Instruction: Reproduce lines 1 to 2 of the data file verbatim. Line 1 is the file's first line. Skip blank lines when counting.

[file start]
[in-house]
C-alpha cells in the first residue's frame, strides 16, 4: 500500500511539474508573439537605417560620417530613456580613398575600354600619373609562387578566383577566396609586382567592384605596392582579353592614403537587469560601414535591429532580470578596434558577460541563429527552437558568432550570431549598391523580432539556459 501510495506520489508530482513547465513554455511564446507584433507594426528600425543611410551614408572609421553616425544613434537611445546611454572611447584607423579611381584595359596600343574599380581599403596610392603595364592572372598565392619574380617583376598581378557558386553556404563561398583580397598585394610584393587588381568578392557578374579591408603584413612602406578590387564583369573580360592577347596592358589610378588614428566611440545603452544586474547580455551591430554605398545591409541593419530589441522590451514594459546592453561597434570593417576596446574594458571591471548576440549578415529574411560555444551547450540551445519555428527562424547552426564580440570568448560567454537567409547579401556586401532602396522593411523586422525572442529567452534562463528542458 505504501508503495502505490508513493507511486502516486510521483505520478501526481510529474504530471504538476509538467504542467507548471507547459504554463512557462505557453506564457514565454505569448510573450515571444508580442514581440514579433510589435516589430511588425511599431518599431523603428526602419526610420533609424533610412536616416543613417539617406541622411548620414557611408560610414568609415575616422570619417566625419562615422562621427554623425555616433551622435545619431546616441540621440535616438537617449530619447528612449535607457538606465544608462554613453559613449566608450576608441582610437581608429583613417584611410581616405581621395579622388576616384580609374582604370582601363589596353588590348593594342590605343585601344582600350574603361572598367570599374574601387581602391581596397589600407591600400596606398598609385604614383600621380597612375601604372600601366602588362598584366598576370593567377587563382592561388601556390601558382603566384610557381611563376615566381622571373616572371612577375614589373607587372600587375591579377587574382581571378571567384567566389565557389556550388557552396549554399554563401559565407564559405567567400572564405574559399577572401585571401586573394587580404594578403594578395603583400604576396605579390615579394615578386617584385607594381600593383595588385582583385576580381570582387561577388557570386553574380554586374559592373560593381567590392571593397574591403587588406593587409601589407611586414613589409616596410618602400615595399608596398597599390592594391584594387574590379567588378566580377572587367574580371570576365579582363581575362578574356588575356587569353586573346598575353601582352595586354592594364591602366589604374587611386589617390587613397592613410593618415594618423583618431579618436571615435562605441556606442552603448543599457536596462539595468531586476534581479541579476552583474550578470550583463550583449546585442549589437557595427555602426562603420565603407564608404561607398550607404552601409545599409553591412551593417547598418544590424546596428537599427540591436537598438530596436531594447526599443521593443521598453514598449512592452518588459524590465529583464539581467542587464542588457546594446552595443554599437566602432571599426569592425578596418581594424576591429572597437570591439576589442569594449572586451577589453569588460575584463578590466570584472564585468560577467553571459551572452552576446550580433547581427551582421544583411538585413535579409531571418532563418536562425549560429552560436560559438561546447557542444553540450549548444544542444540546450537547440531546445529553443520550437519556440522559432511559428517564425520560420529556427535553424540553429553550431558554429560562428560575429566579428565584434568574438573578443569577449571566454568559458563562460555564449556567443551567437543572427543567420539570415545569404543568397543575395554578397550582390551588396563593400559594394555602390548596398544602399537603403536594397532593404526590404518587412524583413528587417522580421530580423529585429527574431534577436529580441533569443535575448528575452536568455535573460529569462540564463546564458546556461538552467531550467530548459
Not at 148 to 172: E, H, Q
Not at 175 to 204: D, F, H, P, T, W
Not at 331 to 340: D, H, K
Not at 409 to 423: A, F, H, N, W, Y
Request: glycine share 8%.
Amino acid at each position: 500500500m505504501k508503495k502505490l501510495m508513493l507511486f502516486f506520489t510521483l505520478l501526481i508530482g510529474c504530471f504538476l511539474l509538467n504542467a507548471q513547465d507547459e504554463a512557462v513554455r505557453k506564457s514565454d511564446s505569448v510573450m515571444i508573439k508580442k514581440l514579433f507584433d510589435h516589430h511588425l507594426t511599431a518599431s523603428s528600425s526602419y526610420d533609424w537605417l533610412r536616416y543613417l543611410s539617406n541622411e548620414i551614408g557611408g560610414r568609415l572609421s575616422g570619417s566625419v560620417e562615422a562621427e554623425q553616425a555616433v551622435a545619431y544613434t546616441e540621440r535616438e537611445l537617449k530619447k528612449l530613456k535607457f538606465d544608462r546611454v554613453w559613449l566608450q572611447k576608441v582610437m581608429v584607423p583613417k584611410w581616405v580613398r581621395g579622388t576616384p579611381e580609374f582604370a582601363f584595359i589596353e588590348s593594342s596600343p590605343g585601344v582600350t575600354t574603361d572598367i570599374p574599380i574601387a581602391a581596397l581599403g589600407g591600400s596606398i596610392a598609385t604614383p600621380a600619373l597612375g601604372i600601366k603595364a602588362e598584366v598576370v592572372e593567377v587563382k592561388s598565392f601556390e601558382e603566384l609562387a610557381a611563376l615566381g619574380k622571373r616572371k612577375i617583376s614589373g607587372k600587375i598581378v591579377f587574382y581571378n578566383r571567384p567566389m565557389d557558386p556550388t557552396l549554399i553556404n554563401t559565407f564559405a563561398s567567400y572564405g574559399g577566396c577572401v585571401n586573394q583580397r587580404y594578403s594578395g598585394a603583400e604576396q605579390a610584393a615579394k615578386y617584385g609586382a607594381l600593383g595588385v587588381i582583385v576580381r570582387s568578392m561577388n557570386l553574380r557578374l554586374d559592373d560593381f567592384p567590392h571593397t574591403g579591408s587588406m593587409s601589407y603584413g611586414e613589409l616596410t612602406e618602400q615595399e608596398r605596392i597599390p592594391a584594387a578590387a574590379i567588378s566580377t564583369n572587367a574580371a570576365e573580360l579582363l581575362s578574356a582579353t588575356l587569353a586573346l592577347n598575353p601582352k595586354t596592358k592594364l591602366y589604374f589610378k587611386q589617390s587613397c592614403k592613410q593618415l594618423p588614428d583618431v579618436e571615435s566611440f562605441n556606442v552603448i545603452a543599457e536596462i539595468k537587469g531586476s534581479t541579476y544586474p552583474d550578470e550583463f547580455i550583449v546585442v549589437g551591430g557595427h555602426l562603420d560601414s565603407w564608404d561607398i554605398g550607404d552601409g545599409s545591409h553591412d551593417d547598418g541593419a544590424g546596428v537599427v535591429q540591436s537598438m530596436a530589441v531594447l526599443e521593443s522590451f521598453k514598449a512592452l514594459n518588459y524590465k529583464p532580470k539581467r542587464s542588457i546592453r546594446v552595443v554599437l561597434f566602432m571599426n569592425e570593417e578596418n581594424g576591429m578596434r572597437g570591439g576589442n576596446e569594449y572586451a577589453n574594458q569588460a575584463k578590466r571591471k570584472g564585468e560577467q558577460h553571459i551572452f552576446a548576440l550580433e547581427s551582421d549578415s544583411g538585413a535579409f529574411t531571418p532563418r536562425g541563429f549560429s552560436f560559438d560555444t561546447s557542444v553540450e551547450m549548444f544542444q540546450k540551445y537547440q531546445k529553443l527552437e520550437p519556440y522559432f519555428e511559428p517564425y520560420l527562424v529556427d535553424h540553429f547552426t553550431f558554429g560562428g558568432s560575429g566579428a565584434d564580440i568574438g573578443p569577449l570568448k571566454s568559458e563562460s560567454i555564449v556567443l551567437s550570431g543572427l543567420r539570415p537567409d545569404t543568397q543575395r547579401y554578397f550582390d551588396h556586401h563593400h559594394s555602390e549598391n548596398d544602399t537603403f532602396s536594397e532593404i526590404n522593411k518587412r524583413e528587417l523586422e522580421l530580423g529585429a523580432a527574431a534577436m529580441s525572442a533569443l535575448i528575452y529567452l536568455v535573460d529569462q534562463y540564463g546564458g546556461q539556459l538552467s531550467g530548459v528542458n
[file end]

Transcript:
[in-house]
C-alpha cells in the first residue's frame, strides 16, 4: 500500500511539474508573439537605417560620417530613456580613398575600354600619373609562387578566383577566396609586382567592384605596392582579353592614403537587469560601414535591429532580470578596434558577460541563429527552437558568432550570431549598391523580432539556459 501510495506520489508530482513547465513554455511564446507584433507594426528600425543611410551614408572609421553616425544613434537611445546611454572611447584607423579611381584595359596600343574599380581599403596610392603595364592572372598565392619574380617583376598581378557558386553556404563561398583580397598585394610584393587588381568578392557578374579591408603584413612602406578590387564583369573580360592577347596592358589610378588614428566611440545603452544586474547580455551591430554605398545591409541593419530589441522590451514594459546592453561597434570593417576596446574594458571591471548576440549578415529574411560555444551547450540551445519555428527562424547552426564580440570568448560567454537567409547579401556586401532602396522593411523586422525572442529567452534562463528542458 505504501508503495502505490508513493507511486502516486510521483505520478501526481510529474504530471504538476509538467504542467507548471507547459504554463512557462505557453506564457514565454505569448510573450515571444508580442514581440514579433510589435516589430511588425511599431518599431523603428526602419526610420533609424533610412536616416543613417539617406541622411548620414557611408560610414568609415575616422570619417566625419562615422562621427554623425555616433551622435545619431546616441540621440535616438537617449530619447528612449535607457538606465544608462554613453559613449566608450576608441582610437581608429583613417584611410581616405581621395579622388576616384580609374582604370582601363589596353588590348593594342590605343585601344582600350574603361572598367570599374574601387581602391581596397589600407591600400596606398598609385604614383600621380597612375601604372600601366602588362598584366598576370593567377587563382592561388601556390601558382603566384610557381611563376615566381622571373616572371612577375614589373607587372600587375591579377587574382581571378571567384567566389565557389556550388557552396549554399554563401559565407564559405567567400572564405574559399577572401585571401586573394587580404594578403594578395603583400604576396605579390615579394615578386617584385607594381600593383595588385582583385576580381570582387561577388557570386553574380554586374559592373560593381567590392571593397574591403587588406593587409601589407611586414613589409616596410618602400615595399608596398597599390592594391584594387574590379567588378566580377572587367574580371570576365579582363581575362578574356588575356587569353586573346598575353601582352595586354592594364591602366589604374587611386589617390587613397592613410593618415594618423583618431579618436571615435562605441556606442552603448543599457536596462539595468531586476534581479541579476552583474550578470550583463550583449546585442549589437557595427555602426562603420565603407564608404561607398550607404552601409545599409553591412551593417547598418544590424546596428537599427540591436537598438530596436531594447526599443521593443521598453514598449512592452518588459524590465529583464539581467542587464542588457546594446552595443554599437566602432571599426569592425578596418581594424576591429572597437570591439576589442569594449572586451577589453569588460575584463578590466570584472564585468560577467553571459551572452552576446550580433547581427551582421544583411538585413535579409531571418532563418536562425549560429552560436560559438561546447557542444553540450549548444544542444540546450537547440531546445529553443520550437519556440522559432511559428517564425520560420529556427535553424540553429553550431558554429560562428560575429566579428565584434568574438573578443569577449571566454568559458563562460555564449556567443551567437543572427543567420539570415545569404543568397543575395554578397550582390551588396563593400559594394555602390548596398544602399537603403536594397532593404526590404518587412524583413528587417522580421530580423529585429527574431534577436529580441533569443535575448528575452536568455535573460529569462540564463546564458546556461538552467531550467530548459